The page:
Next, we consider Levy-type models such as those that have been used to describe animal optimal foraging (Viswanathan et al., 2011) and T cell migration (Fricke et al., 2016). These processes have a step size distribution whose tail has exponent between 1 and 3 in 2D (Fricke et al., 2016; Viswanathan et al., 2011), where step size is the displacement during a specified time interval. We revisit the time-series data (i.e., here we do not use the final state approximation) and compute a step length complementary cumulative distribution function (CCDF). For two time interval choices, shown in Figure 2B, the best-fit CCDF exponents are greater than 3 (for 10 min, exponent is 3.81 with 90% CI in [3.68,3.95]; for 20 min, exponent is 4.40 with 90% CI in [4.18,4.61]). Indeed, the CCDFs at two different time sampling intervals have continued downward curvature, indicating that a power-law description is inappropriate. We thus conclude that the process is not consistent with Levy-type models.

Finally, we consider a finite-length PRW. In this model, the tip of the airineme moves at constant speed v, while the direction undergoes random changes with parameter Dθ, the angular diffusion coefficient. This parameter has units inverse minutes and roughly corresponds to the ‘curviness’ of the path. The dynamics are governed by Equations 2–4. A key observation from time-lapse imaging is that airinemes have a maximum length, after which the search process terminates if unsuccessful. Thus, our PRW model is finite-length, meaning that we assume the airinemes extend only up to lmax=250μm. This assumption yields a final length distribution (Figure 3, Figure 3—figure supplement 1) consistent with the observed distribution (Eom et al., 2015).

Figure 3 with 2 supplements see all
Probability to contact a target cell is maximized by a balance between ballistic search and diffusion-like search.

(A, B) Simulated airineme target search for various Dθ. The values of Dθ that leads to the highest search success probability are shown as black open circles. Theoretical values for ballistic limit from Equation 6 are shown as red circles. (A) Varying distances between the target and the source cell, while fixing the target cell radius at 25 µm. We validate simulation results with survival probability PDE at high Dθ from Equation 7, shown in blue circles. (B) Varying target cell radii while fixing the distance between the target and the source. For the biologically relevant parameter (dtarg50μm), optimal angular diffusion is around Dθ0.18min-1. (C) Qualitative behavior of airineme target search depends on Dθ. (D) Optimal Dθ for a larger range of cell-to-cell distances and target cell radii. Rectangular region shows biologically relevant parameters.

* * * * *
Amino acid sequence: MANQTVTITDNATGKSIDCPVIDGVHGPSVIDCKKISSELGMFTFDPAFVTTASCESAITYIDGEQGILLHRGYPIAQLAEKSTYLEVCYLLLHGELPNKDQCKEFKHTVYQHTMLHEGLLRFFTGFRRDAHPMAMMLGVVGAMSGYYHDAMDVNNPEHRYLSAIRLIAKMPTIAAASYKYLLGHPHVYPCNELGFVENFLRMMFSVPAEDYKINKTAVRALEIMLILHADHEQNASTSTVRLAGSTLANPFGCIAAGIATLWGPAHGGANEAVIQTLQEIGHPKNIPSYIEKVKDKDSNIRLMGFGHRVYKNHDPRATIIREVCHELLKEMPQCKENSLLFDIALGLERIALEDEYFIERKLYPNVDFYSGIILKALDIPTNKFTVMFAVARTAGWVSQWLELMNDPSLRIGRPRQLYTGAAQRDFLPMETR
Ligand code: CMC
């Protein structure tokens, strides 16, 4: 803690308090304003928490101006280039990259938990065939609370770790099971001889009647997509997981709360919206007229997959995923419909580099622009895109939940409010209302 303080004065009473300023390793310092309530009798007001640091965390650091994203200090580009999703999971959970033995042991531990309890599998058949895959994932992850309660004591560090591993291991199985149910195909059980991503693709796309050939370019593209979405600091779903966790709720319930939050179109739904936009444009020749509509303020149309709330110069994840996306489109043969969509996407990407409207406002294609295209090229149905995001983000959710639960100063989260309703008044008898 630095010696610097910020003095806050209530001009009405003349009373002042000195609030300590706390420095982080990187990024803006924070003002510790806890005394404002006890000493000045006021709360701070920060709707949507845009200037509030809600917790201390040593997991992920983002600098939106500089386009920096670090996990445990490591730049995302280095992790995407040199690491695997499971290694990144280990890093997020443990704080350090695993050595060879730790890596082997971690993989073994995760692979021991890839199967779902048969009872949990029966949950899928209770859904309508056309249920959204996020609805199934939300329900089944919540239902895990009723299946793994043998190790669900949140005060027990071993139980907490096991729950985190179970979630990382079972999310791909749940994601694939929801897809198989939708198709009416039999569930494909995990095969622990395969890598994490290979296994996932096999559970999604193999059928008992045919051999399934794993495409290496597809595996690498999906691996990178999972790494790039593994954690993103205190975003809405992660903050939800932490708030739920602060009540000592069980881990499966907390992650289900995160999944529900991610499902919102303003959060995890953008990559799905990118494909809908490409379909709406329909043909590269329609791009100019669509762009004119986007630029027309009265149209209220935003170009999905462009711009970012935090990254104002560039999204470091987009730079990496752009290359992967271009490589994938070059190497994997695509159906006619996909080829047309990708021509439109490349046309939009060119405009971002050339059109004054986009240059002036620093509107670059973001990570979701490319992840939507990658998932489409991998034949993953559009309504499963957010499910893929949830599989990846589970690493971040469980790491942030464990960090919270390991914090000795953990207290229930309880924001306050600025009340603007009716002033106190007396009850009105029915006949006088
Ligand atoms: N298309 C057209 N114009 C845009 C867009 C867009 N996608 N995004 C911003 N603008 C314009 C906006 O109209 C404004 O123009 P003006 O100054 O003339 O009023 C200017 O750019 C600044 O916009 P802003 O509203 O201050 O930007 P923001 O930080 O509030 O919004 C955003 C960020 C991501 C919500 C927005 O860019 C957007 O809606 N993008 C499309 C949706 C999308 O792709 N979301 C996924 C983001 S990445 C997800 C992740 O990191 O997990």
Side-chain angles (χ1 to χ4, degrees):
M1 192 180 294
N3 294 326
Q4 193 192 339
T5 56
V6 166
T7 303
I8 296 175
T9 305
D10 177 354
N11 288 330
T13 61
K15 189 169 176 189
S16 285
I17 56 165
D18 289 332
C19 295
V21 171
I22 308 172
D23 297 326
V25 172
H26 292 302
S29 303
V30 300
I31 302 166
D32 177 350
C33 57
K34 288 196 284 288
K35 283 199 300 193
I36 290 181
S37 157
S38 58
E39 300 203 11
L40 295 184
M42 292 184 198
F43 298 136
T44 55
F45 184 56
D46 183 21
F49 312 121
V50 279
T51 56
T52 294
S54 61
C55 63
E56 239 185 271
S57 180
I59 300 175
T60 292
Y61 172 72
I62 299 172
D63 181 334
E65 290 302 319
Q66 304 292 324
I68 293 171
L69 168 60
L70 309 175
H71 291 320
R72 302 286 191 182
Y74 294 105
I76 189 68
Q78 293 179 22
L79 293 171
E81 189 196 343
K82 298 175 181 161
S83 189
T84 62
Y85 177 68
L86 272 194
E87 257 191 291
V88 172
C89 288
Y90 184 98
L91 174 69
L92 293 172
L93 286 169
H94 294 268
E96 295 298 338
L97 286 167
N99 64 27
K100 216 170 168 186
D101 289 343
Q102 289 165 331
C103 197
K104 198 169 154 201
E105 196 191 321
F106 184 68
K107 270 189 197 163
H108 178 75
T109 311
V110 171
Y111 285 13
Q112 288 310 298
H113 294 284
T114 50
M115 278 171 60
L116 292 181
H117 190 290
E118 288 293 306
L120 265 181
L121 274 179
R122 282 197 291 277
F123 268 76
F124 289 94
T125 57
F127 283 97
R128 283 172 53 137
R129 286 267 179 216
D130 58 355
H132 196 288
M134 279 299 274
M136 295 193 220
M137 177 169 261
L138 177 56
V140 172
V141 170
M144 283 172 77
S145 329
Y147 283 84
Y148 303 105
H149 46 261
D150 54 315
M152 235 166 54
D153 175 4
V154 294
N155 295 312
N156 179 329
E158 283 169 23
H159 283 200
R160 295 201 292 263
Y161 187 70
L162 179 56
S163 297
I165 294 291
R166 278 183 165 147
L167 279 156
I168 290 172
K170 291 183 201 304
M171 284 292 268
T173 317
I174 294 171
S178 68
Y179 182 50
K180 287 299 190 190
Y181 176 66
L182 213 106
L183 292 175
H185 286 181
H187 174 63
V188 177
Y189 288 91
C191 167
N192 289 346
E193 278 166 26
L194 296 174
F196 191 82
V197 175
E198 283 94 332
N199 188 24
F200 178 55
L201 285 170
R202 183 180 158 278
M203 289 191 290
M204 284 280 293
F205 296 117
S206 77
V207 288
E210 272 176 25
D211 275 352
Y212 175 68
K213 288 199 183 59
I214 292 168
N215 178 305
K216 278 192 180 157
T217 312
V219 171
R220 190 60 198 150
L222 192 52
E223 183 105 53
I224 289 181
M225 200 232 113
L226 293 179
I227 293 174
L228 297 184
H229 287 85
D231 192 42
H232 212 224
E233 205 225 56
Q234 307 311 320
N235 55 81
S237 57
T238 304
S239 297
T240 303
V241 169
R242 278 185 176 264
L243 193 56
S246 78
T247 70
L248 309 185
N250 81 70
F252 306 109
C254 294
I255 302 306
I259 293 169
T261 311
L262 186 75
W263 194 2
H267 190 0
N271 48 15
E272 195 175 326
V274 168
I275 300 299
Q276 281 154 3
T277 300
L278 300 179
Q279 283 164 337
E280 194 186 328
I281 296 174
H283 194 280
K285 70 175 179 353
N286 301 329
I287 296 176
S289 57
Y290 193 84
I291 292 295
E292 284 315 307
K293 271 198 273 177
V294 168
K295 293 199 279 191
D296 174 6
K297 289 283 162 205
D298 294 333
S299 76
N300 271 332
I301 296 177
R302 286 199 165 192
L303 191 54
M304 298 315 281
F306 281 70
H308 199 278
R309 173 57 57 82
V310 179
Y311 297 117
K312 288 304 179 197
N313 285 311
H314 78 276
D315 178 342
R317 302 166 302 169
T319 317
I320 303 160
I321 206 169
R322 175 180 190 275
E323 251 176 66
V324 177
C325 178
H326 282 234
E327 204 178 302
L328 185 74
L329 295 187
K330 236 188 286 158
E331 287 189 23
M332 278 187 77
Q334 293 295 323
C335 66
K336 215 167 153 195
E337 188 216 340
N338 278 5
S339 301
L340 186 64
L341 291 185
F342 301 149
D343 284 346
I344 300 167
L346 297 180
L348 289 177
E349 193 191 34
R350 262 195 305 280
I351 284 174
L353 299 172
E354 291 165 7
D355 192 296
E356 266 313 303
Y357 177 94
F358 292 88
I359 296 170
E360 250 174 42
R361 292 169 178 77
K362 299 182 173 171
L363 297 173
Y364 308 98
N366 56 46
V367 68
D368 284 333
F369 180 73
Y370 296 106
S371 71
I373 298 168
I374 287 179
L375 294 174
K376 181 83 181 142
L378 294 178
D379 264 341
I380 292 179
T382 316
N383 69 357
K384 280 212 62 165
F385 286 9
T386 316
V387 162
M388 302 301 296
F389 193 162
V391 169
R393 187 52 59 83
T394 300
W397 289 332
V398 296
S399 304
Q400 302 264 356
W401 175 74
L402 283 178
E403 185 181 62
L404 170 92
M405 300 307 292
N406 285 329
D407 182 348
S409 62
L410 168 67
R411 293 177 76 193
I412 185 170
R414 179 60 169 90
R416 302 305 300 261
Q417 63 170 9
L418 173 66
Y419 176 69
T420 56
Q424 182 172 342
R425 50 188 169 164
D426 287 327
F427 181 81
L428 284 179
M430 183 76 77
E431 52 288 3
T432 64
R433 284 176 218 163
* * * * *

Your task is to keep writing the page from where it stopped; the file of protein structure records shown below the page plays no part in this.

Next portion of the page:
The airineme MSD fits the prediction of the PRW model, in Equation 5, up to time point around 15 min. Above this time, the PRW model is consistent with the data, although the low number of long airinemes in our data precludes a strong conclusion from MSD alone. We therefore took all airinemes whose growth time was greater than 15 min and plotted their final angle, that is, the angle between the tangent vector at their point of emergence from the source cell and the tangent vector at their tip. The PRW model predicts that, for long times >1/Dθ, the angular distribution should become isotropic. In Figure 2B, we find that the angular distribution is uniform, that is, isotropic (Kolmogorov–Smirnov test p-value 0.37, N=26). Since there are relatively few data points, we repeated this analysis under various airineme selection criteria, which includes up to N=49 airinemes, and in all cases found the final angular distribution to be consistent with uniformity (Figure 2—source data 1). (In Figure 4, we also check the autocorrelation function and further confirm consistency with the PRW model.) Taken together, the data favor the PRW model, which we use in the following analysis.

Figure 4 with 1 supplement see all
Experimental airineme curvature agrees with the optimal curvature.

(A) Orientation autocorrelation function. We measure tangent angles cos(θ) at 5596 points along 70 airinemes, and then compute the likelihood function (B, bottom) of Dθ fit to Equation 1. Best-fit curve is shown as red with a 90% confidence interval shown in black. Blue dots and heatmap were generated using a moving average with a window of 10 nearest data points and the heatscatter MATLAB function. (B) Bottom: we find that the best-fit airineme curvature from maximum likelihood estimation is Dθ=0.1838min-1. We find that this value is similar to the Dθ that optimizes contact probability for the biologically relevant target cell distance dtarg=50μm (top). The experimentally observed probability of contact per airineme, center estimate (horizontal dashed line), and 90% confidence interval (gray area) are also shown.